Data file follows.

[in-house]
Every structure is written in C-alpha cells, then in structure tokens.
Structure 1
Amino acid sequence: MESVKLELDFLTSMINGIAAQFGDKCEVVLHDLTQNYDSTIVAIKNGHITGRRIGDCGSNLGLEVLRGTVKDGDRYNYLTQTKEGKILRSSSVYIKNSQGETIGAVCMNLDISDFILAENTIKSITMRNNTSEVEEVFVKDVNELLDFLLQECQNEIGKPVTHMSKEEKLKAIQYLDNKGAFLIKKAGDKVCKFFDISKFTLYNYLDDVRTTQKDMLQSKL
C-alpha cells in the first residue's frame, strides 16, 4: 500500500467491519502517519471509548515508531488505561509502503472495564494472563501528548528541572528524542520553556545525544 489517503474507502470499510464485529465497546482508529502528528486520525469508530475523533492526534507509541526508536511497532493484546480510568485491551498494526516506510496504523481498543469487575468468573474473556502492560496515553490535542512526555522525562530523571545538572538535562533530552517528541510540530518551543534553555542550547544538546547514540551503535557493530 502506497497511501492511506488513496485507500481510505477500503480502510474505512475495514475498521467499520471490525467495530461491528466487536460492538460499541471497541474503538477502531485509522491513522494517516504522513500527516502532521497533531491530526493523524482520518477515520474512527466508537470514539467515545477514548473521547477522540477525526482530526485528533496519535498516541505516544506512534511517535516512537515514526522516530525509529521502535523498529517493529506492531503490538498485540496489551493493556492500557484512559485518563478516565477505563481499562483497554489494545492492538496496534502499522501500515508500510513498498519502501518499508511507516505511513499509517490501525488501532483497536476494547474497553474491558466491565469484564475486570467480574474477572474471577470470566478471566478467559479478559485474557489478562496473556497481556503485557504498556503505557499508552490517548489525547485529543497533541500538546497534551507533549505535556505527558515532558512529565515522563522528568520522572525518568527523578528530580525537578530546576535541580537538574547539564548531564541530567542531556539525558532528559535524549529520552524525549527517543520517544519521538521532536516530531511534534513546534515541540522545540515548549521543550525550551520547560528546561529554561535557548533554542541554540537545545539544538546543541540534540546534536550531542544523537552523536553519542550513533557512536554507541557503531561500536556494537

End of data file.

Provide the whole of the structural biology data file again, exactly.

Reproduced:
[in-house]
Every structure is written in C-alpha cells, then in structure tokens.
Structure 1
Amino acid sequence: MESVKLELDFLTSMINGIAAQFGDKCEVVLHDLTQNYDSTIVAIKNGHITGRRIGDCGSNLGLEVLRGTVKDGDRYNYLTQTKEGKILRSSSVYIKNSQGETIGAVCMNLDISDFILAENTIKSITMRNNTSEVEEVFVKDVNELLDFLLQECQNEIGKPVTHMSKEEKLKAIQYLDNKGAFLIKKAGDKVCKFFDISKFTLYNYLDDVRTTQKDMLQSKL
C-alpha cells in the first residue's frame, strides 16, 4: 500500500467491519502517519471509548515508531488505561509502503472495564494472563501528548528541572528524542520553556545525544 489517503474507502470499510464485529465497546482508529502528528486520525469508530475523533492526534507509541526508536511497532493484546480510568485491551498494526516506510496504523481498543469487575468468573474473556502492560496515553490535542512526555522525562530523571545538572538535562533530552517528541510540530518551543534553555542550547544538546547514540551503535557493530 502506497497511501492511506488513496485507500481510505477500503480502510474505512475495514475498521467499520471490525467495530461491528466487536460492538460499541471497541474503538477502531485509522491513522494517516504522513500527516502532521497533531491530526493523524482520518477515520474512527466508537470514539467515545477514548473521547477522540477525526482530526485528533496519535498516541505516544506512534511517535516512537515514526522516530525509529521502535523498529517493529506492531503490538498485540496489551493493556492500557484512559485518563478516565477505563481499562483497554489494545492492538496496534502499522501500515508500510513498498519502501518499508511507516505511513499509517490501525488501532483497536476494547474497553474491558466491565469484564475486570467480574474477572474471577470470566478471566478467559479478559485474557489478562496473556497481556503485557504498556503505557499508552490517548489525547485529543497533541500538546497534551507533549505535556505527558515532558512529565515522563522528568520522572525518568527523578528530580525537578530546576535541580537538574547539564548531564541530567542531556539525558532528559535524549529520552524525549527517543520517544519521538521532536516530531511534534513546534515541540522545540515548549521543550525550551520547560528546561529554561535557548533554542541554540537545545539544538546543541540534540546534536550531542544523537552523536553519542550513533557512536554507541557503531561500536556494537